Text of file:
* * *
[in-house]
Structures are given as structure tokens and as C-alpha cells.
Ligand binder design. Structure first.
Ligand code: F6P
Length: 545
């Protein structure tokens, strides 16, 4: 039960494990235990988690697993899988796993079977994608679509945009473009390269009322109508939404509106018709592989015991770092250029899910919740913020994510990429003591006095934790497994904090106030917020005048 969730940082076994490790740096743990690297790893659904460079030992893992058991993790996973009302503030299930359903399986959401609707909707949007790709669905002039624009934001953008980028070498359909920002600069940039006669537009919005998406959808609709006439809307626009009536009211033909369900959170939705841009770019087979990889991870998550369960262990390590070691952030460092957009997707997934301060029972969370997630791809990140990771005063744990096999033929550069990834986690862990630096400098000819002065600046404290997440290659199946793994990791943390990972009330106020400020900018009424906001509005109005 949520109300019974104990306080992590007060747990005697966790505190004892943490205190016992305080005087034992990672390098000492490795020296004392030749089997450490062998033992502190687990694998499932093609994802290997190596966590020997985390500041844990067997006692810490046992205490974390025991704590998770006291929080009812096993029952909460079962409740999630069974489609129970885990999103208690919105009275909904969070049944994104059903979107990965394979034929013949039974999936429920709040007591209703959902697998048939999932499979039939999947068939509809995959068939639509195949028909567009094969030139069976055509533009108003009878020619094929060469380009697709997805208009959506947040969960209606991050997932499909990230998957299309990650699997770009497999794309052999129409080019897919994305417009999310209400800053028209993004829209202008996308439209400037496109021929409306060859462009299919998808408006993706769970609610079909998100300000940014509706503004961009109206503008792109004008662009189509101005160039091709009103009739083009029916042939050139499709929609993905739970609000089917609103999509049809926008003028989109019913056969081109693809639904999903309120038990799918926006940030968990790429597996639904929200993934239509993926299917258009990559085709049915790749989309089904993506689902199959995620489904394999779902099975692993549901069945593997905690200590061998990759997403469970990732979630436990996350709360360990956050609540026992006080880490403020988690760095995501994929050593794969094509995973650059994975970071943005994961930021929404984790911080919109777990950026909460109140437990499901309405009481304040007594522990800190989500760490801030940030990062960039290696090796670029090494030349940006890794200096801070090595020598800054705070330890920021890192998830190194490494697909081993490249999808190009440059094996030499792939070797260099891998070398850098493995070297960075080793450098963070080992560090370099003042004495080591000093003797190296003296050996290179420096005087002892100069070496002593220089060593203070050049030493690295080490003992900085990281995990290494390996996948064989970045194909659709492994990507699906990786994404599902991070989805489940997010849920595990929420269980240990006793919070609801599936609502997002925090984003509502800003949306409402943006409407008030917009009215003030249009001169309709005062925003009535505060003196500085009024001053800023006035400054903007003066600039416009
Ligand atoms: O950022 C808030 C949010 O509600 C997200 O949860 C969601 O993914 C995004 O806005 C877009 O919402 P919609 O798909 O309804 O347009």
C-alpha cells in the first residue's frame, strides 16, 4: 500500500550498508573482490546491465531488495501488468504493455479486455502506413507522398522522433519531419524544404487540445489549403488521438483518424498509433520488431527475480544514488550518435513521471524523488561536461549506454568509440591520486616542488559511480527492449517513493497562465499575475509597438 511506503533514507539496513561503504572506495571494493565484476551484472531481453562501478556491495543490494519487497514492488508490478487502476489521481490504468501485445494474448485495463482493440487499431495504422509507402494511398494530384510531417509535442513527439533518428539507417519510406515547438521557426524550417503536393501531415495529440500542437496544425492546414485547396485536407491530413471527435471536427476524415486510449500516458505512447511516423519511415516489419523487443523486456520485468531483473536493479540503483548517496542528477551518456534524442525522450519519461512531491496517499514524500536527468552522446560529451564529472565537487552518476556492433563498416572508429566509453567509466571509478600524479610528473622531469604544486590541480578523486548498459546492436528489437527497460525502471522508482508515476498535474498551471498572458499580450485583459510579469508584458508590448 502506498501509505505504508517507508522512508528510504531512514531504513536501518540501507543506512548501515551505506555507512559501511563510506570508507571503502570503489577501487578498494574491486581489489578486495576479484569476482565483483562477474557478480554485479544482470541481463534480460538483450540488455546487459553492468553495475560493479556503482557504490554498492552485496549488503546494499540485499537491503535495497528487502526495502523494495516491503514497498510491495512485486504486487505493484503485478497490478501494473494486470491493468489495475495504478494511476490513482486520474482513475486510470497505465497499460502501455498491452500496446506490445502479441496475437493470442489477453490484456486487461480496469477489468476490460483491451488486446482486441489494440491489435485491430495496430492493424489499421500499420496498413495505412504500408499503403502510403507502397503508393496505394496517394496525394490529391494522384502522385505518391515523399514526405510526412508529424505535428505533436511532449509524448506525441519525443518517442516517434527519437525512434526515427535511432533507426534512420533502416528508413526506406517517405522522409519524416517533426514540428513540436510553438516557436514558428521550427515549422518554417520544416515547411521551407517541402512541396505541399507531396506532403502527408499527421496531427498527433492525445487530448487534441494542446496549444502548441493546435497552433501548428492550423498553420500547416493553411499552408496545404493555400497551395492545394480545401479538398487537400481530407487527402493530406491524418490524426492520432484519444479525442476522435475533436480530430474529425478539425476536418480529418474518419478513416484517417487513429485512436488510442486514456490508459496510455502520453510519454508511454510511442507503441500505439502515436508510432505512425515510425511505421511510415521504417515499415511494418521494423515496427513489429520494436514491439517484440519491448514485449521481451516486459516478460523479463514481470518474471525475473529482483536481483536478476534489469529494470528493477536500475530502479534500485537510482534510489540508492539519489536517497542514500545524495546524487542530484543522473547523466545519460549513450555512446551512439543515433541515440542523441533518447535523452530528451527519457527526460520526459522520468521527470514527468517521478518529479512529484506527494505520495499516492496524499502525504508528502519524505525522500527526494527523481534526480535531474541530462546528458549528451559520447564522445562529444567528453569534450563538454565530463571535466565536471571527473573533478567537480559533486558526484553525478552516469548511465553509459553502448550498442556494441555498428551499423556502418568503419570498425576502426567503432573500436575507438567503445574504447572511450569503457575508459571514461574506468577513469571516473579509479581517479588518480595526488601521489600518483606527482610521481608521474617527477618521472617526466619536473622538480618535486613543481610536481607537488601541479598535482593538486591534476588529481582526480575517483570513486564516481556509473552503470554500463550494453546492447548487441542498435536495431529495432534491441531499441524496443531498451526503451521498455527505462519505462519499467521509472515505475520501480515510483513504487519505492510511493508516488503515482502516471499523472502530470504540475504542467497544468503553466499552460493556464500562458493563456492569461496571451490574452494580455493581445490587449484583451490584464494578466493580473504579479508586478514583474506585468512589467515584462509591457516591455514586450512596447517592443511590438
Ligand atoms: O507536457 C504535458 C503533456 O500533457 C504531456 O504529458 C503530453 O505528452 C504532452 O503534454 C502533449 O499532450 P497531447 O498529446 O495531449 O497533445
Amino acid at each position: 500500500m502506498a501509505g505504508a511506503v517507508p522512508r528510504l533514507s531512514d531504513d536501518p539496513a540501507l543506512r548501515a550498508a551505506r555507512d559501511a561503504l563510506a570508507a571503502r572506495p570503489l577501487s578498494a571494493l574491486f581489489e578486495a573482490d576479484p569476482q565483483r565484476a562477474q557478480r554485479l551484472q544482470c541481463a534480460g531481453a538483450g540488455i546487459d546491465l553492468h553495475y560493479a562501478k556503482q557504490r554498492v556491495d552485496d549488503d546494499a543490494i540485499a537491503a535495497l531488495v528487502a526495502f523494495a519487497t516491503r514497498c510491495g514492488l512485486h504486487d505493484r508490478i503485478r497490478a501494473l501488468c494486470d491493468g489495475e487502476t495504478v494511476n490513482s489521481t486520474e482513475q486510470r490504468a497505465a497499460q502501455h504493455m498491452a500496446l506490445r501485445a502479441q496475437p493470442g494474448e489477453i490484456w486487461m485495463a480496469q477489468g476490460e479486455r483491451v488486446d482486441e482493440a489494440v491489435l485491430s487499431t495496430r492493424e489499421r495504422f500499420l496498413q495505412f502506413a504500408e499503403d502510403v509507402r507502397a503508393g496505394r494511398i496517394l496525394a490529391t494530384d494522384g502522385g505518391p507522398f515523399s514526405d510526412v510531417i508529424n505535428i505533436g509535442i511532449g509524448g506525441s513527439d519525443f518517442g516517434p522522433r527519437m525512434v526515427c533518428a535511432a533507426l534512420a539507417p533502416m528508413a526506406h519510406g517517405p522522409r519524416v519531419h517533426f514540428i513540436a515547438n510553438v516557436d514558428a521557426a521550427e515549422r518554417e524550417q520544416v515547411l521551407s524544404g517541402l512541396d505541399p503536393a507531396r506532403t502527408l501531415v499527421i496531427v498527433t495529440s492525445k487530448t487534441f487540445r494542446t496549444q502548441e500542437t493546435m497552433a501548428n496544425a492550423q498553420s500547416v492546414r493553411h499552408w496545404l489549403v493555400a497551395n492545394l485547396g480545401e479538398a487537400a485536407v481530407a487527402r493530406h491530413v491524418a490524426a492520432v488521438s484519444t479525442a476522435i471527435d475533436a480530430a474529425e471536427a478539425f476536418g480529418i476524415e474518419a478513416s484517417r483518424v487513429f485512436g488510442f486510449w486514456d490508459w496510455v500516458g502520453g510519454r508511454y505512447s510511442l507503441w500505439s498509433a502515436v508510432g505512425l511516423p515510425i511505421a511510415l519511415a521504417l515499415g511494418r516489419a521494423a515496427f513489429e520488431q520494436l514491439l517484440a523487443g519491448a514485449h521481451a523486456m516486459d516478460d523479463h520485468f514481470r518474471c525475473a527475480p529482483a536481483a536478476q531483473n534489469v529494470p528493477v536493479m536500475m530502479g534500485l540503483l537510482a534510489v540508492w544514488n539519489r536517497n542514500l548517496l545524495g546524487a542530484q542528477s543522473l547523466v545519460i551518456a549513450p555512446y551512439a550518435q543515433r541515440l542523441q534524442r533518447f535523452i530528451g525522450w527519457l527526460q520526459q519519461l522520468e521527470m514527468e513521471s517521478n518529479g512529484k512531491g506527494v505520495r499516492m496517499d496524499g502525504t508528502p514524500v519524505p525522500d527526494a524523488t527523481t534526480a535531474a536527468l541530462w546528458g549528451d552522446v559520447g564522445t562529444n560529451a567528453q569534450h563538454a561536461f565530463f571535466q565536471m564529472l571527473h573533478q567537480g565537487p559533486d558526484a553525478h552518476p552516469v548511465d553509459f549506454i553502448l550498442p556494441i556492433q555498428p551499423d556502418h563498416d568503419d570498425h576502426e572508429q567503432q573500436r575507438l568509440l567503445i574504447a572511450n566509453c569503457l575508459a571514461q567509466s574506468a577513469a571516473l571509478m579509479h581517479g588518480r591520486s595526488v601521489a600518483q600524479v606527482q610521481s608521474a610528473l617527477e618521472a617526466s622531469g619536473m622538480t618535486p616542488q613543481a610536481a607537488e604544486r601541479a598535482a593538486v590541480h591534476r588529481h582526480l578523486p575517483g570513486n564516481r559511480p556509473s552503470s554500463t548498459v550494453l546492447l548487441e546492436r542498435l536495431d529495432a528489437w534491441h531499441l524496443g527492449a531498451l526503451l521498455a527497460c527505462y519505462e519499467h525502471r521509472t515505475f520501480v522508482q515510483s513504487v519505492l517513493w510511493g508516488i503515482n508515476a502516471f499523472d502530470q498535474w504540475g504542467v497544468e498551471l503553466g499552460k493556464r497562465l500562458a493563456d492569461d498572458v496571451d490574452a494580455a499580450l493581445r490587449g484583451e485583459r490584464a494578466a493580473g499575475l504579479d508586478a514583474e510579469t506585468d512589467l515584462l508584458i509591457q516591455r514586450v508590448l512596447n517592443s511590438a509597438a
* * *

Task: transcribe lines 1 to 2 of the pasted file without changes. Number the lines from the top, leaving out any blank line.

[in-house]
Structures are given as structure tokens and as C-alpha cells.